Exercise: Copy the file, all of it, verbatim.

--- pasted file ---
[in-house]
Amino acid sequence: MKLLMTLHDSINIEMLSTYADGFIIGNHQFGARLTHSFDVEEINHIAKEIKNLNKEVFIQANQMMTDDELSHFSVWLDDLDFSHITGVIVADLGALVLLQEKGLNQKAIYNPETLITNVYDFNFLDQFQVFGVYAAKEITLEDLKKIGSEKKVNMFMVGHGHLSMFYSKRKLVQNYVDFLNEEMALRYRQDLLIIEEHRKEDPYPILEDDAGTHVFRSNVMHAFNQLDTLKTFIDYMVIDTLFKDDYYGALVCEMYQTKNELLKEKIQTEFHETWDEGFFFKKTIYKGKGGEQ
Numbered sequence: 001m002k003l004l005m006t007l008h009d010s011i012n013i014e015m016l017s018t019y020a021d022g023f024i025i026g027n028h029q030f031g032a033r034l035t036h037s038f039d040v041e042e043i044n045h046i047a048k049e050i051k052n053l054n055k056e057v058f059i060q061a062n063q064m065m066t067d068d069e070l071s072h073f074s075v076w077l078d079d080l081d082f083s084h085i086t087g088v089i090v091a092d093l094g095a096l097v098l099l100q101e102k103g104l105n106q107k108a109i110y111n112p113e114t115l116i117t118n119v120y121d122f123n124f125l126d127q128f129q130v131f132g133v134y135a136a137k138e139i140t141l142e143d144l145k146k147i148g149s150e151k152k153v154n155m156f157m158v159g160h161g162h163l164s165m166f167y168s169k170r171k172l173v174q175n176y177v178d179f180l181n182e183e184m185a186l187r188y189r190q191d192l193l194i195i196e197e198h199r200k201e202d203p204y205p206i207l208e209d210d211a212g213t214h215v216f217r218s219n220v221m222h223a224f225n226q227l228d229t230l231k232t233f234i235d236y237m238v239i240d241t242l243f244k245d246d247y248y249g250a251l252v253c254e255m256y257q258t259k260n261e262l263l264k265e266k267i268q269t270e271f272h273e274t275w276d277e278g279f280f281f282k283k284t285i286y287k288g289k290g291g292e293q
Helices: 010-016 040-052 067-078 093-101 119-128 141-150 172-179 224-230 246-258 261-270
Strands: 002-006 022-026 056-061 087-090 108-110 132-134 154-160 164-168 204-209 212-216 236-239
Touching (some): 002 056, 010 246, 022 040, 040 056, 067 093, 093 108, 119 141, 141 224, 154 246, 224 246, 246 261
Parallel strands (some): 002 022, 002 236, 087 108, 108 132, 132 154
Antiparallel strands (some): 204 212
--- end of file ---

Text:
[in-house]
Amino acid sequence: MKLLMTLHDSINIEMLSTYADGFIIGNHQFGARLTHSFDVEEINHIAKEIKNLNKEVFIQANQMMTDDELSHFSVWLDDLDFSHITGVIVADLGALVLLQEKGLNQKAIYNPETLITNVYDFNFLDQFQVFGVYAAKEITLEDLKKIGSEKKVNMFMVGHGHLSMFYSKRKLVQNYVDFLNEEMALRYRQDLLIIEEHRKEDPYPILEDDAGTHVFRSNVMHAFNQLDTLKTFIDYMVIDTLFKDDYYGALVCEMYQTKNELLKEKIQTEFHETWDEGFFFKKTIYKGKGGEQ
Numbered sequence: 001m002k003l004l005m006t007l008h009d010s011i012n013i014e015m016l017s018t019y020a021d022g023f024i025i026g027n028h029q030f031g032a033r034l035t036h037s038f039d040v041e042e043i044n045h046i047a048k049e050i051k052n053l054n055k056e057v058f059i060q061a062n063q064m065m066t067d068d069e070l071s072h073f074s075v076w077l078d079d080l081d082f083s084h085i086t087g088v089i090v091a092d093l094g095a096l097v098l099l100q101e102k103g104l105n106q107k108a109i110y111n112p113e114t115l116i117t118n119v120y121d122f123n124f125l126d127q128f129q130v131f132g133v134y135a136a137k138e139i140t141l142e143d144l145k146k147i148g149s150e151k152k153v154n155m156f157m158v159g160h161g162h163l164s165m166f167y168s169k170r171k172l173v174q175n176y177v178d179f180l181n182e183e184m185a186l187r188y189r190q191d192l193l194i195i196e197e198h199r200k201e202d203p204y205p206i207l208e209d210d211a212g213t214h215v216f217r218s219n220v221m222h223a224f225n226q227l228d229t230l231k232t233f234i235d236y237m238v239i240d241t242l243f244k245d246d247y248y249g250a251l252v253c254e255m256y257q258t259k260n261e262l263l264k265e266k267i268q269t270e271f272h273e274t275w276d277e278g279f280f281f282k283k284t285i286y287k288g289k290g291g292e293q
Helices: 010-016 040-052 067-078 093-101 119-128 141-150 172-179 224-230 246-258 261-270
Strands: 002-006 022-026 056-061 087-090 108-110 132-134 154-160 164-168 204-209 212-216 236-239
Touching (some): 002 056, 010 246, 022 040, 040 056, 067 093, 093 108, 119 141, 141 224, 154 246, 224 246, 246 261
Parallel strands (some): 002 022, 002 236, 087 108, 108 132, 132 154
Antiparallel strands (some): 204 212